Friday, October 6, 2006

The Last Refuge of Scoundrels

The last refuge of scoundrels used to be politics, but modern politics is so full of miscreants that they need yet another refuge within their refuge and they've found it:  The Betty Ford Clinic.  Imagine behavior so beyond the pale that it even gives alcoholics a bad name.  Well you don't have to imagine it--it's on the front page.  Whether it's Mark Foley or Mel Gibson, blaming demon rum has to be the exact opposite of the acceptance of personal responsibility that conservatives value.  But remember, there are conservatives, and there are Republicans--and they are NOT one and the same. 

Demoncrats.  Repuglicans.  Political discourse in this country has never been so depraved and indifferent to the well-being of society.  The atavistic thirst for power and control by both political parties has set in motion a pathological rhetoric that sets neighbor against neighbor, husband against wife, son against father. 

While I believe that it was Lee Atwater who ushered in this crass, cheap, and populist form of negative colloquy, and Karl Rove who raised it to an art-form, arguably both the Right and Left Wings of the political spectrum in America must agree to truce.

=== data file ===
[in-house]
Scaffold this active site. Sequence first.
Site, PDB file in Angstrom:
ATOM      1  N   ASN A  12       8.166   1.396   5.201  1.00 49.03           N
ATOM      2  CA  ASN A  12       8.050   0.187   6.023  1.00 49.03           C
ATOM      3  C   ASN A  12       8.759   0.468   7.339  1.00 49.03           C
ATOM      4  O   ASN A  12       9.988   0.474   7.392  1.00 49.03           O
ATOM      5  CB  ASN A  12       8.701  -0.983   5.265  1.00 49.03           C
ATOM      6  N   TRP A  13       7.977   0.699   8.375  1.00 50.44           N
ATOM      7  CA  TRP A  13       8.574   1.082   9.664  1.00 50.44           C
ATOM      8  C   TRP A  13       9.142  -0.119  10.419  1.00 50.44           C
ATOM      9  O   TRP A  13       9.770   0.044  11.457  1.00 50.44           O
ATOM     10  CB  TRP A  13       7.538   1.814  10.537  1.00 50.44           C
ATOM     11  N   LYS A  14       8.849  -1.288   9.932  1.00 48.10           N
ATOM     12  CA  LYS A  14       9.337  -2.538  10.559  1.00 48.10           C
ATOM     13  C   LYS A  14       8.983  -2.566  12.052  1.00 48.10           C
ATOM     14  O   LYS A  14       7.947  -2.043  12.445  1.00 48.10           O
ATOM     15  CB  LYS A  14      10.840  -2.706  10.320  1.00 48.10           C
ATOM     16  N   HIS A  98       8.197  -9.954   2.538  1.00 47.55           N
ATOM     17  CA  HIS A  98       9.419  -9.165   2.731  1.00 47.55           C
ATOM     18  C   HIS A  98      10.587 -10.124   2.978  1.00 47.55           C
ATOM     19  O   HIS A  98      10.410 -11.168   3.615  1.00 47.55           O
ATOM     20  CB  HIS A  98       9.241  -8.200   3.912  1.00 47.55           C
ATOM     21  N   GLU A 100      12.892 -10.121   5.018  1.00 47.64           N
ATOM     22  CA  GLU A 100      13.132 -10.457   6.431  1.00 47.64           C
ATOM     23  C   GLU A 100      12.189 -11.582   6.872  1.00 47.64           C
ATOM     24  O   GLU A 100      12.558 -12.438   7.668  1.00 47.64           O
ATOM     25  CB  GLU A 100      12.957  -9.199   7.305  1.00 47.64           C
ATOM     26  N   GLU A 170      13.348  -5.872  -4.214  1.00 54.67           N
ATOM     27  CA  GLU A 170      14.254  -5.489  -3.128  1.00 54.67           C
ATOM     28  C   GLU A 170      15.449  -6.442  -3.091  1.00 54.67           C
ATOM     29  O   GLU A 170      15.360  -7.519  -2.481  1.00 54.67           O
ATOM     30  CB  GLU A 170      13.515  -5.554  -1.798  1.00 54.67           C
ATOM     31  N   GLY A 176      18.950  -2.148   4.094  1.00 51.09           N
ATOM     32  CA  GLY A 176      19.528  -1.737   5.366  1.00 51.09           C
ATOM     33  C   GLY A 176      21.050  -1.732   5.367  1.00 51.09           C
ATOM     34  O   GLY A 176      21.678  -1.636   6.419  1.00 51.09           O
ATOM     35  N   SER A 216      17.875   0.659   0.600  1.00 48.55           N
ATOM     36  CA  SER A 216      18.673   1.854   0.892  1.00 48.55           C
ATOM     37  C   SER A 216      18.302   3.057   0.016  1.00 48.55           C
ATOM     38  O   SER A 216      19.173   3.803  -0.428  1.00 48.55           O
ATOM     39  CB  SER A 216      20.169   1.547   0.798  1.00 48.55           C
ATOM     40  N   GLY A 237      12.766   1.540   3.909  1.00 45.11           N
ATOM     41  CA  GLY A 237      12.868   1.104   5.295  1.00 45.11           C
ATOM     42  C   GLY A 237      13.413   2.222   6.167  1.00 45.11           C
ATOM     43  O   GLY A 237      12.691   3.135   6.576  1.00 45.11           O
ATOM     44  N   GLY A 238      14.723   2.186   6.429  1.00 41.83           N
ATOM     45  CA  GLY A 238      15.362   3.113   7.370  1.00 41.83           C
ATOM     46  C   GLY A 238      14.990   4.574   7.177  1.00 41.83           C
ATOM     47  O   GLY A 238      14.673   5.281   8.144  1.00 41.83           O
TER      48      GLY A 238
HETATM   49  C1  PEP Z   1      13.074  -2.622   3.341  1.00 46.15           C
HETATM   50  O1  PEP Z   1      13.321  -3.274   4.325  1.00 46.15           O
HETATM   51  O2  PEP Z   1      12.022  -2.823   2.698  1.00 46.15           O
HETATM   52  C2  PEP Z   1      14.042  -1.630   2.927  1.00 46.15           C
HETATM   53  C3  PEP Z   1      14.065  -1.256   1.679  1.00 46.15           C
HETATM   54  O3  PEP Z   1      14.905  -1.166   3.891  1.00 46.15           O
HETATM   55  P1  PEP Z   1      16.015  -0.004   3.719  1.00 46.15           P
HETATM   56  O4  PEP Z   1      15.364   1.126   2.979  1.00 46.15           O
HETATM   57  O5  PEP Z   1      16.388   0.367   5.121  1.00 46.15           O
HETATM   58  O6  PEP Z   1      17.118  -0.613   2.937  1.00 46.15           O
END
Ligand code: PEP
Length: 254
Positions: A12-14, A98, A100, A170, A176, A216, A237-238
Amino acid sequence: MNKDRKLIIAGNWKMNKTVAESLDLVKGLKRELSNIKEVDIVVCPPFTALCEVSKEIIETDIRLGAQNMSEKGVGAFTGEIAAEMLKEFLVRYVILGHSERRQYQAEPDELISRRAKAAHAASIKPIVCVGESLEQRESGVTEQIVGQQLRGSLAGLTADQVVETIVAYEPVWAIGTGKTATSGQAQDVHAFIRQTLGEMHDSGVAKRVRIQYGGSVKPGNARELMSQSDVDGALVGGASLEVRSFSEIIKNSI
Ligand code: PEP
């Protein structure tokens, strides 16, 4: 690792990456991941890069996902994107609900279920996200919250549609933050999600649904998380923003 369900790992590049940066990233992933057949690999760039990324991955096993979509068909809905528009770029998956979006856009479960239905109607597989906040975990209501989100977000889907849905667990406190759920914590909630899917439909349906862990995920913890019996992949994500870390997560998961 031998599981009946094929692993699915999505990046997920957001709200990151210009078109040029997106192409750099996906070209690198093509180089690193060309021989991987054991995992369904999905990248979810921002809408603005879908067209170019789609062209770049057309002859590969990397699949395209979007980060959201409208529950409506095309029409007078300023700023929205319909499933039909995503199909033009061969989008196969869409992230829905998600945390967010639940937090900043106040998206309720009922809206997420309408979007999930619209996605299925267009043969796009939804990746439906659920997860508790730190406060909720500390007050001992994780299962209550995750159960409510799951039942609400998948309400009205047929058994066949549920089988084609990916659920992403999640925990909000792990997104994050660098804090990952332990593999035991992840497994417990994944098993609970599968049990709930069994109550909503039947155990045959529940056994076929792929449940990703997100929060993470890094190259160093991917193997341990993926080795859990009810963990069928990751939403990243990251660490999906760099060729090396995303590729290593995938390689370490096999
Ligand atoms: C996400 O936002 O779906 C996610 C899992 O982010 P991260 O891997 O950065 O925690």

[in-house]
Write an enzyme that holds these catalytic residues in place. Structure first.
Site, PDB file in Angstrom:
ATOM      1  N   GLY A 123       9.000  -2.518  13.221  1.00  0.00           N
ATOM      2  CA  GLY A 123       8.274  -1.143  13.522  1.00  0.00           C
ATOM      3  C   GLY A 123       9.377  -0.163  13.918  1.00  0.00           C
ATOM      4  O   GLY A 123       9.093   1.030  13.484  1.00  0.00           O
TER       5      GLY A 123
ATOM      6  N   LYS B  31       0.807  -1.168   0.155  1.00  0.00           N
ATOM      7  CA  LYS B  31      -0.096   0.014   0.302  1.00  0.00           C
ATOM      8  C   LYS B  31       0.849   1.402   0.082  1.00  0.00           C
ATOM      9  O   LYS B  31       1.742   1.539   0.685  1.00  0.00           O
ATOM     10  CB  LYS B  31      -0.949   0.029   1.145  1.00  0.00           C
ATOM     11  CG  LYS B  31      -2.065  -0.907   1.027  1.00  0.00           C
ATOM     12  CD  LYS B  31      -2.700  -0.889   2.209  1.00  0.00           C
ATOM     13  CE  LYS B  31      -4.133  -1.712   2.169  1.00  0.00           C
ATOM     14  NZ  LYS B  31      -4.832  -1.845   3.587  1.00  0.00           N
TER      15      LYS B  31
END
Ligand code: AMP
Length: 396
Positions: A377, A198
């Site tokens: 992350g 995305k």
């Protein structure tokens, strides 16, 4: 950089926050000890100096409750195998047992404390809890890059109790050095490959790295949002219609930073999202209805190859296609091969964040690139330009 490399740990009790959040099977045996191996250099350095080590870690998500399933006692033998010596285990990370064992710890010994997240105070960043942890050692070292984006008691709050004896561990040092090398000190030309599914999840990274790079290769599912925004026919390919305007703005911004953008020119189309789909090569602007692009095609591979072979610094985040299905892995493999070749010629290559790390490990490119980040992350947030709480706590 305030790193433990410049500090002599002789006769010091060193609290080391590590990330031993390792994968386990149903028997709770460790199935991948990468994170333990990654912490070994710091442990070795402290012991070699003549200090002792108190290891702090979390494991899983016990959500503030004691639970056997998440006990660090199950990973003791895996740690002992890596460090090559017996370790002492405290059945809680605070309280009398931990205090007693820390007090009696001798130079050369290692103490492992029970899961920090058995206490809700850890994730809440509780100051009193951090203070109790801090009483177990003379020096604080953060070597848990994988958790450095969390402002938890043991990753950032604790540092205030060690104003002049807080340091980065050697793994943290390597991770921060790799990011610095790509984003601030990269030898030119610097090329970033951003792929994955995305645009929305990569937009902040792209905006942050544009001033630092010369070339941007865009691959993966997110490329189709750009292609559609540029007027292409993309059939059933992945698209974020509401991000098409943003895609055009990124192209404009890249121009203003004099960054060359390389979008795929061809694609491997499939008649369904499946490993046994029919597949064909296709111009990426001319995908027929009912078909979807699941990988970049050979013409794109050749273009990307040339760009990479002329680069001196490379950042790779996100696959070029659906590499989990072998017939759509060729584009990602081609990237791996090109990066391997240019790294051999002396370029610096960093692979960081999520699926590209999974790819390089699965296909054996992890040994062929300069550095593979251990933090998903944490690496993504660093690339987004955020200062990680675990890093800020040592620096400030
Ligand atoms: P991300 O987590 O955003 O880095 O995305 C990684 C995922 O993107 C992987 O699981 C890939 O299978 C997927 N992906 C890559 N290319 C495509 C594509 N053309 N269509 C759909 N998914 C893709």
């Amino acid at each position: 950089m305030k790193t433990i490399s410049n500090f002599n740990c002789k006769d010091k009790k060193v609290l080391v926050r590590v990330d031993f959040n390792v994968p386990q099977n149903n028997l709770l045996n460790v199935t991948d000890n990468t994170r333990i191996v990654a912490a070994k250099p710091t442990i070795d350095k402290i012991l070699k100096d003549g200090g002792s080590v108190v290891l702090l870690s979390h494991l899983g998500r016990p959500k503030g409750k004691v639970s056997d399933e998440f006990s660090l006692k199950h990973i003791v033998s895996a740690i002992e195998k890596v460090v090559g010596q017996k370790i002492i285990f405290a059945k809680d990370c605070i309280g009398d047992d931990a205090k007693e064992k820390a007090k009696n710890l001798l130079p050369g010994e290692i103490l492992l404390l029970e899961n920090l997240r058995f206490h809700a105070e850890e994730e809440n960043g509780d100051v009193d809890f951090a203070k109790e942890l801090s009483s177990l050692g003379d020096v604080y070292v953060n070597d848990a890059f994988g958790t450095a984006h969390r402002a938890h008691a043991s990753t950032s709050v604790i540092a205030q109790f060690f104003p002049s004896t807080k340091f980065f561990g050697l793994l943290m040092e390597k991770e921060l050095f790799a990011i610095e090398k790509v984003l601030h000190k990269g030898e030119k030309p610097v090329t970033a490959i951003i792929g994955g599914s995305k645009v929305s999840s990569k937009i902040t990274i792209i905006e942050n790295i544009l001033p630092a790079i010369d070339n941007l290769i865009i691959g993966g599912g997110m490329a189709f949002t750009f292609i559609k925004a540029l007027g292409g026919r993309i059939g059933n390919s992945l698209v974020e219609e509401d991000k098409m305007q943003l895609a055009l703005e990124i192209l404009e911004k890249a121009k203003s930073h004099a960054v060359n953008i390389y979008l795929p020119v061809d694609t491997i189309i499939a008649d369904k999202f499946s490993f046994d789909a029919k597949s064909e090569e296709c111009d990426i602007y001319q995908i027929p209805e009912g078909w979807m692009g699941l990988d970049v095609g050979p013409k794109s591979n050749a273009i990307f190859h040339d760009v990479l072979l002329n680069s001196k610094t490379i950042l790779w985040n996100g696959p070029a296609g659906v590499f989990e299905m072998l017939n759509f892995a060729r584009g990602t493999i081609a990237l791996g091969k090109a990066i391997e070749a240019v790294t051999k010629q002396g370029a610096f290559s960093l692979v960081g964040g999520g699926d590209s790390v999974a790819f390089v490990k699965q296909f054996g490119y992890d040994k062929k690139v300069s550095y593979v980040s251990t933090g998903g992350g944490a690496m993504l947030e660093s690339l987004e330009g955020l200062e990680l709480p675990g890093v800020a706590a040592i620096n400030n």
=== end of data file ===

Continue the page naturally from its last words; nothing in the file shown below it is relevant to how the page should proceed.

The problem is, it works: for them.  The people are held hostage by this faux colloquy which exists by and for politicians.  When I was young there were simple rules of good manners: you didn't discuss politics or religion.  You also didn't discuss how much money you had, or how much something cost.  We've lost something of the innocence of those times, as well as their civility, and I grieve it.

When I read the papers, especially the op-ed pages (to which I am addicted--as they fill me with fear and loathing and this fulfills the addict's crisis mentality) I am struck by the level of vitriol by someone like an Ann Coulter.  She responded to the Foley debacle by calling him a Democrat (as everyone knows--he is a Republican).  This is skirts hate speech.  She said that when republicans get emboiled in a scandal they step down and have the good grace to show their shame.  Yes, Foley did say that he accepted responsibility for what he'd done--but they were merely words.  He hasn't suffered the consequences of anything just yet.  Furthermore, he followed that statement with excuses that weren't excuses:  too much drink--prior molestations in his own past--framing himself in the role of victim.

None of this has any substance whatsoever.  This is grandstanding.  When are we going to really start talking about what really matters?  Healthcare.  Pollution.  Poverty.  Reckless, out of control, corporate hegemony?  Dismay is high.

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